The Artist in Residence program at the historic Pfister Hotel is one of the jewels in Milwaukee’s crown. By bringing in artists who work in a space that is literally in the lobby of the venerable hotel, guests and city residents alike get the unique opportunity to see the creative experience up close and personal. Nearing the […]


The Artist in Residence program at the historic Pfister
Hotel is one of the jewels in Milwaukee’s crown. By bringing in artists who work in a space that is literally
in the lobby of the venerable hotel, guests and city residents alike get the
unique opportunity to see the creative experience up close and personal. Nearing the end of his tenure as the
current Artist In Residence, I tracked down textile/fashion designer Timothy
Westbrook to ask him about the program, and how he got involved in the first
place.

Tell me about your
background and where you’re from.
I grew up in the small town of Wanakena in the foothills of
the Adirondack Mountains in New York State. My parents both worked in forestry
and I was living in the middle of a land of imagination. When you live in a
place that looks just like Neverland of course unicorns can be real. My parents
were both very supportive of my artistic interests and rather than sending me
to boarding school my mother and I rented an apartment an hour north of my
hometown so that I could attend a school with a better arts program. My parents
didn’t permanently co-habitat for three years so that I could have a better
education. While at my new school I interned in the costume shop at St.
Lawrence University where I polished my sewing construction skills.

How did you get
into design?
My grandmother taught me how to sew when I was five, which
for a boy who loved to steal his sister’s Barbie’s opened a million and one new
doors. When I was nine my drawings tended toward fashion illustrations and then
I made my first dress for a Barbie. Shortly after it dawned on me while playing
dress up that I could make clothes for big people. Here is one of my favorite
videos of me paying dress up!

 

How did the
residency at the Pfister Hotel come about?
In October of 2011, I was at an artist residency in a
restored church built in the 1860s. It was my first experience of sewing on a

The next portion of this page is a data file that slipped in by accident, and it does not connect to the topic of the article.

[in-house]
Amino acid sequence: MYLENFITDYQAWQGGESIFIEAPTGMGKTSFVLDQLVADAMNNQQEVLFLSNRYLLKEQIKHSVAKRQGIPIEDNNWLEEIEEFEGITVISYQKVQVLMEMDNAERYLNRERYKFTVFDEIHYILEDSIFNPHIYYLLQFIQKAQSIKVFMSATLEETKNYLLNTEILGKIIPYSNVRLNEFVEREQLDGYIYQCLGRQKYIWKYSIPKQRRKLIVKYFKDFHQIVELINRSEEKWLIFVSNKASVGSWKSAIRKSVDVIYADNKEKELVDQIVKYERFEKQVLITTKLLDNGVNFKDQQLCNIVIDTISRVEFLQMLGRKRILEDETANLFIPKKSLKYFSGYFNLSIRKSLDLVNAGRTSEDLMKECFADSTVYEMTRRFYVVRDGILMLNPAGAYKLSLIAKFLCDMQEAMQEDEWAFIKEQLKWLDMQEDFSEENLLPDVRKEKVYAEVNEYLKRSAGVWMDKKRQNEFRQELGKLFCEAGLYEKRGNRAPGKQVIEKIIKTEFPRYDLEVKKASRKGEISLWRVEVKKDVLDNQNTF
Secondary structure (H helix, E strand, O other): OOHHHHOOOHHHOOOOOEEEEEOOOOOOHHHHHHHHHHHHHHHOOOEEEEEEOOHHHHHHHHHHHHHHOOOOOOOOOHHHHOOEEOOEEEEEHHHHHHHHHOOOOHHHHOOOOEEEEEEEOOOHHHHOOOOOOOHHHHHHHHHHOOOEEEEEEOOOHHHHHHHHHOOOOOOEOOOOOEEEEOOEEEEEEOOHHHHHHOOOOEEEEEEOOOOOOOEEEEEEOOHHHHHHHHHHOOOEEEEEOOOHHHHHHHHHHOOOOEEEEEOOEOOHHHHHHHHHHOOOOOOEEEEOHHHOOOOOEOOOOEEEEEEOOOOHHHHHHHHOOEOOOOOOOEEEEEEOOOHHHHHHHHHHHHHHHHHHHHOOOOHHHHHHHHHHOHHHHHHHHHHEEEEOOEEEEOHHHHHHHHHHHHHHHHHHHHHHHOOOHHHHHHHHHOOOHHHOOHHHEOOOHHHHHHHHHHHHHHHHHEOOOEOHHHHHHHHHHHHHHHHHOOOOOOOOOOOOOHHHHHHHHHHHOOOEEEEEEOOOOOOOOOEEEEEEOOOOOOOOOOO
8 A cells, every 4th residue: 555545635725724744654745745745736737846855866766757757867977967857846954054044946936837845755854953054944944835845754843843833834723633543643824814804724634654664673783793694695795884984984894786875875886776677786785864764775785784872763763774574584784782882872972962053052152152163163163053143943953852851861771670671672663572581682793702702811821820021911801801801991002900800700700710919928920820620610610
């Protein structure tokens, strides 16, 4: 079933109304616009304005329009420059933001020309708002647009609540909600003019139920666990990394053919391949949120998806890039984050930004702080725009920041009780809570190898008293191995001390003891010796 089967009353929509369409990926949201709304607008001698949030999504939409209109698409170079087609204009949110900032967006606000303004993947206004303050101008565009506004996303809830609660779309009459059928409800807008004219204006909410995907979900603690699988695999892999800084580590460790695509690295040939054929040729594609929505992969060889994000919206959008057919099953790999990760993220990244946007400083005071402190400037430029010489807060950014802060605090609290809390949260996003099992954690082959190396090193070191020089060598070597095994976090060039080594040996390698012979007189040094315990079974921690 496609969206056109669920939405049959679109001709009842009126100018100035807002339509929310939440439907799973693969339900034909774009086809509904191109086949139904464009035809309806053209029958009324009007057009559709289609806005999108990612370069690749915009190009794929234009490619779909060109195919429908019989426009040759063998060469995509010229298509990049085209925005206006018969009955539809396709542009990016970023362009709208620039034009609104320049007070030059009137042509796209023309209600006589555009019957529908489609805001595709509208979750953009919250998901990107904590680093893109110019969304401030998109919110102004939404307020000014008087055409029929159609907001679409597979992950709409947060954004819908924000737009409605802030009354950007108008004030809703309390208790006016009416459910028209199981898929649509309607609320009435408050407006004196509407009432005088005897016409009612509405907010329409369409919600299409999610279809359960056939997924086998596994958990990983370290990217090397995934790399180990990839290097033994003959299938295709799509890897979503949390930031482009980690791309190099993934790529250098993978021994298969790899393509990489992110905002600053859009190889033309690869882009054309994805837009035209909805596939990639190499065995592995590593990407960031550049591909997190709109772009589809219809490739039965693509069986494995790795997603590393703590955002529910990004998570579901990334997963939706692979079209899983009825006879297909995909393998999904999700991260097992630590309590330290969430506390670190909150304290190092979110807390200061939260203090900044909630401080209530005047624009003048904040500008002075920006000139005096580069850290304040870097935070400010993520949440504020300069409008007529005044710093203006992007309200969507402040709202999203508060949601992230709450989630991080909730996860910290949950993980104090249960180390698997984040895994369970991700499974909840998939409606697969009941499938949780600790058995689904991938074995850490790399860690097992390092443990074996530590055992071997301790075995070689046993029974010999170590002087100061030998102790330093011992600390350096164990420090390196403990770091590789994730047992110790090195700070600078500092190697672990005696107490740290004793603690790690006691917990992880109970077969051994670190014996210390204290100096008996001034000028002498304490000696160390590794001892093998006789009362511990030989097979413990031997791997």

treadle sewing machine for an extended period of time. The interior
architecture of the church had a powerful connection with my Victorian sewing
machine. So I typed in “Victorian Artist Residency” into the Google machine and
found the Pfister’s program. 




What drew you to
apply for the residency?
After doing some research on Milwaukee I discovered an
amazing artist community. The Historic Third Ward, the Milwaukee Art Museum,
Made In Milwaukee, Local Playlist, Art Milwaukee, Gallery Night, and the list
goes on and on. I was very interested in a smaller city, still the biggest I’ve
ever lived in. It proved to be a great fit for me.

Explain the
purpose and ideas behind the residency.
1. To bring the preexisting art collection to life by
witnessing the process of creating art and by acting as a docent for the
collection.

2. To bridge the Hotel’s relationship with guests, locals, and
employees.

3. To support the success of artists. The hotel is very art
centric in their focus. In addition to the artist in residence the hotel offers
monthly public piano concerts, a narrator in residence.


How do you think
design and textiles affect the viewer of your work?
In my first day at school someone told me that they refused
to shop at thrift stores. This comment represents a large demographic of
people. My reimagined textiles allow people to forget that they’re wearing
“garbage” and it transcends into art and elegance. Same for the viewer. They
are intrigued and drawn in by the ornate patterns and glimmer of the materials
to late find it has been created out of refuse. The ingenuity and imagination
of that usually wows the audience.

Are you more into
art or fashion?
I often substitute the word costume for fashion. It admits
that we are all using fashion to make a costume for the character that we would
like to identify as. So when I am creating theatrical costumes it focuses on
the idea that they aren’t just magnificent creations, they are firstly an
identifier for the characters personality. With that in mind I’m very
interested in the intersection of performance and costume or fashion. 


What artist or
designer has had the most influence on your work?
Timothy Walker is an editorial photographer with an
ephemeral, mother goose like perception of the world. He works with designers
who have rich colors bold expression and shapes. 

Where do you see
yourself when this gig at the Pfister ends?
Wherever I am able to continue spending the majority of my
time creating art I will migrate to. There is an artist residency in Glacier
National Park in Montana that I’m very interested in. The Imperial Ice Stars in
London is an amazing Ice Ballet that I would love to design for. Shortly after
I landed in Milwaukee I received my acceptance letter for another residency in
Vermont, which I naturally deferred. I never would have guessed an opportunity
like the Pfister exists so I’m excited to see what surprises life has in store
for me. For now I am in love with Milwaukee and I have every intention of having
indelible memories this incredible city.

Everyone is invited to view his couture constructions on
Gallery Night, Friday January 18th, 2013 from 5-9 p.m. in his
gallery/workspace at the hotel. There will also be a special reception from 9-11 p.m. The fabulous
retrospective runway show, styled by Alexis Rose Criscimagna of
www.alexisrosestyle.com, will commence at 9:30 in the Rouge Ballroom. Be there and help a grateful city say
goodbye to this talented young man who has now become a part of Milwaukee’s
great tradition of bringing the arts to the forefront of our culture.

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